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  1. The following table lists the 326 incorporated places in the United States (excluding the U.S. territories) with a population of at least 100,000 on April 1, 2020, as enumerated by the United States Census Bureau. Five states— Delaware, Maine, Vermont, West Virginia and Wyoming —have no cities with populations of 100,000 or more.

    2020 Rank
    2020 Census
  2. Aug 21, 2015 · The map below shows the 100 largest cities in the United States by population. The table below lists these 100 largest cities, their 2013 populations, their current mayors , when mayors took office, when current mayoral terms expire, the approximate total expenditures of the city budget, and whether each city held municipal elections in 2020.

  3. Total population 103,020,808 500 Largest Cities,* by State and Population * To ensure inclusion of all states, 3 cities from Vermont, West Virginia, and Wyoming were included in this 500 cities list. (33.4% of Total U.S. Population of 308,745,538) Page 13 of 13

  4. Jul 26, 2021 · Among the largest 100 cities in the US, the fastest shrinking city is Detroit, Michigan, whose population has declined 29.1% since the year 2000. Detroit's peak populuation was 1,849,568 in the year 1950, and it's current population of 670,031 represents a 63.8% decline from it's peak.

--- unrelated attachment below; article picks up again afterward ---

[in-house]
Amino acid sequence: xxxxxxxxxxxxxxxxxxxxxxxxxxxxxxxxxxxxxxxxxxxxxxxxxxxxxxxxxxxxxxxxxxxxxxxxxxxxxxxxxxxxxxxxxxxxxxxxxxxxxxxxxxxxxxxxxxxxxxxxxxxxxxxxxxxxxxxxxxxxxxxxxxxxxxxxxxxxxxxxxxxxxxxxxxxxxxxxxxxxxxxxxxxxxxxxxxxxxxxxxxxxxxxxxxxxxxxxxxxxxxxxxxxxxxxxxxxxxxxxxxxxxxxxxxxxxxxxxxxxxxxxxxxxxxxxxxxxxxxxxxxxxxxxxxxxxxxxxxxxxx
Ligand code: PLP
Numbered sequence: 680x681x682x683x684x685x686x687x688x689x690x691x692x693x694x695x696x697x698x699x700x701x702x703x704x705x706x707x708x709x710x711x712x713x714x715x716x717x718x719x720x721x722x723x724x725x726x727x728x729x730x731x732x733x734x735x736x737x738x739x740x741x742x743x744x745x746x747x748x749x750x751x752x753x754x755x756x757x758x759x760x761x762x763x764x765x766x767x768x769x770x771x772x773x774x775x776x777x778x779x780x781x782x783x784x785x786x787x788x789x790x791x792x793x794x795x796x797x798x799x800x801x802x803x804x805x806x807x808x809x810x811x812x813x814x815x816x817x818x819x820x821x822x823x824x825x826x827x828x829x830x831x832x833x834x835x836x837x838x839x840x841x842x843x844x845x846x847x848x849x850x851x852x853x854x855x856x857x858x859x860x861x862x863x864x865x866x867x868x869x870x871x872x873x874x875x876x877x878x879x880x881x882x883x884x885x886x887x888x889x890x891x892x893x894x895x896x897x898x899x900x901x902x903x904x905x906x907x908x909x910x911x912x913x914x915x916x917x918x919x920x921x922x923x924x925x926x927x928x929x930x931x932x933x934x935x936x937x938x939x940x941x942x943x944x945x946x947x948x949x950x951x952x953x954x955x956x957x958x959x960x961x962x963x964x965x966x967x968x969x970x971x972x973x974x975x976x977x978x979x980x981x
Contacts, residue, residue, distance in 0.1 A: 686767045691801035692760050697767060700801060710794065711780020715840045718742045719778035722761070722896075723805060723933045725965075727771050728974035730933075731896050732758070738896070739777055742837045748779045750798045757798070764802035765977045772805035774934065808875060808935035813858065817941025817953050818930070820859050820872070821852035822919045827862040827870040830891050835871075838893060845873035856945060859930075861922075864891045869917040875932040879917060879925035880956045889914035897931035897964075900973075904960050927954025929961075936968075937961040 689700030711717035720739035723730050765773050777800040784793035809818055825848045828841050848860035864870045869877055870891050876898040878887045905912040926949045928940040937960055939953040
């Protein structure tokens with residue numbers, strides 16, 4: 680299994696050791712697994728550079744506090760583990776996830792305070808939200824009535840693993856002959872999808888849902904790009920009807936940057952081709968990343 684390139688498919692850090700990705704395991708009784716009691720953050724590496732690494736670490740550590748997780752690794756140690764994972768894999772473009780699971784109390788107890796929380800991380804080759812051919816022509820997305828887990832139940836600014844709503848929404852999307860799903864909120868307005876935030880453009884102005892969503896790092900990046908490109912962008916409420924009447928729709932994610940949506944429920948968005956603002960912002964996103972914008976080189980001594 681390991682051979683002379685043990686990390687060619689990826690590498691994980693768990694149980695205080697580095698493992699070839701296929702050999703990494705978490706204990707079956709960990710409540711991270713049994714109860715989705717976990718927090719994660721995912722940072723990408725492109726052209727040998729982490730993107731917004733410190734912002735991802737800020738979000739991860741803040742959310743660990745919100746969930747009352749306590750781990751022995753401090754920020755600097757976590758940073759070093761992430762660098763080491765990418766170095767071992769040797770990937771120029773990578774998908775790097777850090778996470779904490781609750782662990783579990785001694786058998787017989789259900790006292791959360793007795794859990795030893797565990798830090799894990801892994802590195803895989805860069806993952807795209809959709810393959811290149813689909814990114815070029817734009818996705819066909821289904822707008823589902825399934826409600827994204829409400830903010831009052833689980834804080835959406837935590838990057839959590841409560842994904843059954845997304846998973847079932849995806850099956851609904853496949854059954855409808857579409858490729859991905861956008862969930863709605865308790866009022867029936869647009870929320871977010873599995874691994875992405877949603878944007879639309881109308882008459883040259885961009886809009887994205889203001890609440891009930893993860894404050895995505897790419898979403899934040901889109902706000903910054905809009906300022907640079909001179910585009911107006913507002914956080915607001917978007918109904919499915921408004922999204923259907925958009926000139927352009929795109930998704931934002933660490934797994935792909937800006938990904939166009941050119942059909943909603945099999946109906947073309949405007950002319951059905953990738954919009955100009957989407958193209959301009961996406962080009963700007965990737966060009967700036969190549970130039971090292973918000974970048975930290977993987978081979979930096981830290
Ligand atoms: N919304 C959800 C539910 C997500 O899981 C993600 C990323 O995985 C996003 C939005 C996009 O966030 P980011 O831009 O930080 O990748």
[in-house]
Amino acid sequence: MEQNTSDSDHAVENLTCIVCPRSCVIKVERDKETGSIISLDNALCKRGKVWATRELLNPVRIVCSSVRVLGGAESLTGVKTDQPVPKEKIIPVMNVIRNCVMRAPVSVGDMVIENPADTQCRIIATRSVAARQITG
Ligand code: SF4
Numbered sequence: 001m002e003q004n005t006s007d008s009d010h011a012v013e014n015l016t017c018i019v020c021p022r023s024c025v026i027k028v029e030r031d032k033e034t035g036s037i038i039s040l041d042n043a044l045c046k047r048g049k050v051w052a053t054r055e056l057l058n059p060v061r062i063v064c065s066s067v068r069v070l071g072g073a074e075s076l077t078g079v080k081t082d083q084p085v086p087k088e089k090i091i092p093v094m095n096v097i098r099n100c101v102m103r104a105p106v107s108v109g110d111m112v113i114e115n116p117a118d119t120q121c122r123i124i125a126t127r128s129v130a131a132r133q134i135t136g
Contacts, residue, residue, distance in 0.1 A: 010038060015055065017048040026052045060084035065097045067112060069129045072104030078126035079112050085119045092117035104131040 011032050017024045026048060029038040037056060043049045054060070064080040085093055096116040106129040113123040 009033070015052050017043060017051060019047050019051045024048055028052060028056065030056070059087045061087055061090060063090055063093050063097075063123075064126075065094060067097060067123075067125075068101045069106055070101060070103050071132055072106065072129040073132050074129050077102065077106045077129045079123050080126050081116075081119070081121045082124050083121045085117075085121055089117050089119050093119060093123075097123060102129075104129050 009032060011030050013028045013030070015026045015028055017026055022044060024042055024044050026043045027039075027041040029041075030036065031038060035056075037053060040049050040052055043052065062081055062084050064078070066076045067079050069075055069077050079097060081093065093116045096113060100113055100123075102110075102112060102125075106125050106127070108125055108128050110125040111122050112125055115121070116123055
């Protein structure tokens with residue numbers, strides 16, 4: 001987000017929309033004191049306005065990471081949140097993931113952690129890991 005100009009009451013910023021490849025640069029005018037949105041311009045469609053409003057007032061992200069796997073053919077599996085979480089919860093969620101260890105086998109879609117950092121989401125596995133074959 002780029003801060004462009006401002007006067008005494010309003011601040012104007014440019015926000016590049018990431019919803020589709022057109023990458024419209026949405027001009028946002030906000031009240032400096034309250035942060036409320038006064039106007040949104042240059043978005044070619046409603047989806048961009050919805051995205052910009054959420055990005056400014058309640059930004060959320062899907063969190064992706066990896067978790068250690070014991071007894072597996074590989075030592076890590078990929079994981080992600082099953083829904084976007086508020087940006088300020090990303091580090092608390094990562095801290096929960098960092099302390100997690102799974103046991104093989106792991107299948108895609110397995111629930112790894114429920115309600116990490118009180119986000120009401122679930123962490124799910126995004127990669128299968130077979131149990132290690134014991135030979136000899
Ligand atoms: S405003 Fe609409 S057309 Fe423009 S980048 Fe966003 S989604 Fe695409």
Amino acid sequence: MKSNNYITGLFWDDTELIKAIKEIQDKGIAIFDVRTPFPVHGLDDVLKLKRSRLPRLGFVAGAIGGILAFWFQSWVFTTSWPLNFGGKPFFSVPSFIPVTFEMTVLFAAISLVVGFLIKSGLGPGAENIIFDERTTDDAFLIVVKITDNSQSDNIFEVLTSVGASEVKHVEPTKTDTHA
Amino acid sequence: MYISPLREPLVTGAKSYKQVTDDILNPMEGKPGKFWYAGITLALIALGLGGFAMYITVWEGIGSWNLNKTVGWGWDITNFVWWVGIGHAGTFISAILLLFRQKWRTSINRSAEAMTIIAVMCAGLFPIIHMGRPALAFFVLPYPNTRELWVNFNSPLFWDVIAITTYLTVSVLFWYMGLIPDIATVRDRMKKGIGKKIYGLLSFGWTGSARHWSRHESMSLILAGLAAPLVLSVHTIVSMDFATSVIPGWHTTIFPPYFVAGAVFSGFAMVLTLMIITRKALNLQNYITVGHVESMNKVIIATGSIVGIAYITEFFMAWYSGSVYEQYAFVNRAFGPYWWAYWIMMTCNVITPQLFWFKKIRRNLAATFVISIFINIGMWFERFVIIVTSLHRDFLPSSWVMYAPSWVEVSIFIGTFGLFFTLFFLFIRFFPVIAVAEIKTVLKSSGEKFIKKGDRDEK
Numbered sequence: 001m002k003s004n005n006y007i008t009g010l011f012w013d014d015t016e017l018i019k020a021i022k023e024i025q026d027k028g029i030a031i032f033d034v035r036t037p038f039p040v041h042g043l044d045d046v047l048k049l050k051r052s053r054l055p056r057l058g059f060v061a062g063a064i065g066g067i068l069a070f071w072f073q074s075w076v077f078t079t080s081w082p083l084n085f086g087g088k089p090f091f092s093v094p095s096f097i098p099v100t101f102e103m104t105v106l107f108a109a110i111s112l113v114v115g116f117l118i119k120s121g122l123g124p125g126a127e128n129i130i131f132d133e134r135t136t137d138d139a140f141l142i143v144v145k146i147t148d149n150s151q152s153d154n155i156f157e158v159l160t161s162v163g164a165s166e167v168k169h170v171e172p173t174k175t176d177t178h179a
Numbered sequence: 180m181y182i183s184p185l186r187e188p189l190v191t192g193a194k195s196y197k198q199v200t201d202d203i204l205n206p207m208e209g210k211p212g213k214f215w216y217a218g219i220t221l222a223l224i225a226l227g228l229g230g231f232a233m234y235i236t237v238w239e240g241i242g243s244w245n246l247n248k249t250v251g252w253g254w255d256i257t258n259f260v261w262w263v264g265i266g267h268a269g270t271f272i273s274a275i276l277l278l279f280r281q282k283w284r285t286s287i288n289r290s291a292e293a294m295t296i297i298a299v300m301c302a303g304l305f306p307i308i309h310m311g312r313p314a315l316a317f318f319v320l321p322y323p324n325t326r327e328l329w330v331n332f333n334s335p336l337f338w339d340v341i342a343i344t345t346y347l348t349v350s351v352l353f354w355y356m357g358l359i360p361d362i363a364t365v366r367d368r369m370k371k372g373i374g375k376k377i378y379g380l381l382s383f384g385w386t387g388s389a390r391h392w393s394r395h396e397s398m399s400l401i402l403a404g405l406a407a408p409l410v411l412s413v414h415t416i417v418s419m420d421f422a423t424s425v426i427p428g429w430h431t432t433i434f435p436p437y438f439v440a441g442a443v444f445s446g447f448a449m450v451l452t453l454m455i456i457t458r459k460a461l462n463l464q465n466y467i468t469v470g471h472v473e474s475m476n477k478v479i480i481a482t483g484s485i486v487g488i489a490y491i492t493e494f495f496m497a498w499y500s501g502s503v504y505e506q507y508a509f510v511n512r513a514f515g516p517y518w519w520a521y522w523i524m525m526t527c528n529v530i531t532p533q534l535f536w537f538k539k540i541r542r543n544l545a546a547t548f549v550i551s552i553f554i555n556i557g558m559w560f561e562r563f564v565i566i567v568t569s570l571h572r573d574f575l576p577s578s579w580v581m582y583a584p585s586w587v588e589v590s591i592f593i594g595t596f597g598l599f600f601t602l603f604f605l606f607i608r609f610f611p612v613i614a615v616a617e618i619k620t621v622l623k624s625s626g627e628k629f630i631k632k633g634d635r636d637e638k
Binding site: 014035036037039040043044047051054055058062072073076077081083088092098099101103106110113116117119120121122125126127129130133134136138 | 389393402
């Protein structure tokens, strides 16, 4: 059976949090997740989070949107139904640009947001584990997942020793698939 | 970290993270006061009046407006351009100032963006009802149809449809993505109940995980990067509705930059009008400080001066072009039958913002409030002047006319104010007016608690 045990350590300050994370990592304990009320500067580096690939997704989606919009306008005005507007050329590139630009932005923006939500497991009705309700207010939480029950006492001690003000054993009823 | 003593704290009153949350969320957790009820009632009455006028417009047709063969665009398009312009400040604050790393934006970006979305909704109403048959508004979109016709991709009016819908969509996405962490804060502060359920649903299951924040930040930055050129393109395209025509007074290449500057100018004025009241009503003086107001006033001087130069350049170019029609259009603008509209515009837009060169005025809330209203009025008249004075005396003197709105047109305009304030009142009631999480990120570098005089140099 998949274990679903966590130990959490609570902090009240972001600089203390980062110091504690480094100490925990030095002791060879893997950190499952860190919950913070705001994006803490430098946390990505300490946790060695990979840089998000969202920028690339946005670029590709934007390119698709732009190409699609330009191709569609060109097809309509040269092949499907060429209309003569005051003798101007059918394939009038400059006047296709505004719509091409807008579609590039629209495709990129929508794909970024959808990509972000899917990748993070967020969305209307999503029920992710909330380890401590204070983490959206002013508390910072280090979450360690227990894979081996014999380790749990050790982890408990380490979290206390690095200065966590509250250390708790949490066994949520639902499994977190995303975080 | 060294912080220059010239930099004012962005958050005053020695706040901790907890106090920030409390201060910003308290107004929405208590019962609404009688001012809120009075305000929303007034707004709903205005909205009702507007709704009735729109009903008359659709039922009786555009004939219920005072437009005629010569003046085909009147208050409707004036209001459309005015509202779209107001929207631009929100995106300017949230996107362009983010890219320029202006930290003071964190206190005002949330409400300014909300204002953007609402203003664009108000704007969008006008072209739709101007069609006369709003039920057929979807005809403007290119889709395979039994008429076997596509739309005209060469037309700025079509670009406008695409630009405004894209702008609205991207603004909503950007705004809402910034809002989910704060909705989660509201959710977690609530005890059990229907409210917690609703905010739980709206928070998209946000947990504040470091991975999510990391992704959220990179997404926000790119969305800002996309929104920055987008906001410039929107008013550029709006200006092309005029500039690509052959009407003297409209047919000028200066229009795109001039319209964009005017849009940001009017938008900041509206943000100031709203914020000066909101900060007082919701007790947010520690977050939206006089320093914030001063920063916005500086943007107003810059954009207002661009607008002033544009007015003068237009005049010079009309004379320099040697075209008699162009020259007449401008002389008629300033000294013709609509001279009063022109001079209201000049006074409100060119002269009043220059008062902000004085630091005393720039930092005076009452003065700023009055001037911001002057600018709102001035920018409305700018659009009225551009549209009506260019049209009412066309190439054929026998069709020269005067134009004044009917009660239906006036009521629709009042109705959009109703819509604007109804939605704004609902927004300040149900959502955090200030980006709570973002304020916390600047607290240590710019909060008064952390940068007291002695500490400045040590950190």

Us Population Rank Us Pop Rank
    2019 Population
    2000 - 2019 Population Growth
    New York, New York
    Los Angeles, California
    Chicago, Illinois
    Houston, Texas
    • Marian White
    • New York City, NY. Population: 8,336,817. Nickname: “The Big Apple” and “The City that Never Sleeps” Why You Should Move: Fast-paced and energetic, New York City is home to many of the world’s most iconic neighborhoods, restaurants and museums.
    • Los Angeles, CA. Population: 3,979,576. Nickname: “City of Angels,” “La La Land,” “The Big Orange” and “Tinseltown.” Why You Should Move: Home to celebrities, artists and free spirits, Los Angeles never stops attracting people from every corner of the globe.
    • Chicago, IL. Population: 2,693,976. Nickname: “The Windy City” Why You Should Move: Located along Lake Michigan, Chicago’s phenomenal restaurant scene, world-renowned museums, relatively low housing costs and Midwestern charm make it a great place to call home.
    • Houston, TX. Population: 2,320,268. Nickname: “Space City,” “Bayou City,” “H Town” and “The Big Heart.” Why You Should Move: Houston’s stable job market, diverse economy and livable neighborhoods make the Texas city a popular choice for young professionals and families.
    • Matt Rosenberg
    • Geography Expert
    • New York, New York: Population 8,537,673. The U.S. Census Bureau showed a gain for New York City of 362,500 residents (4.4 percent) as compared with the 2010 figures, and each of the city's boroughs gained people.
    • Los Angeles, California: Population 3,976,322. The median home price (owner occupied) in Los Angeles is nearly $600,000, the median age of the people there is 35.6, and 60 percent of all the nearly 1.5 million households speak a language other than (or in addition to) English.
    • Chicago, Illinois: Population 2,704,958. Overall, Chicago's population is declining, but the city is becoming more racially diverse. Populations of people of Asian and Hispanic origin are growing, while the numbers of Caucasians and Blacks are decreasing.
    • Houston, Texas: Population 2,303,482. Houston was eighth in the top 10 fastest growing cities between 2015 and 2016, adding 18,666 people that year. About two-thirds are 18 years old and above, and only about 10 percent 65 and over.
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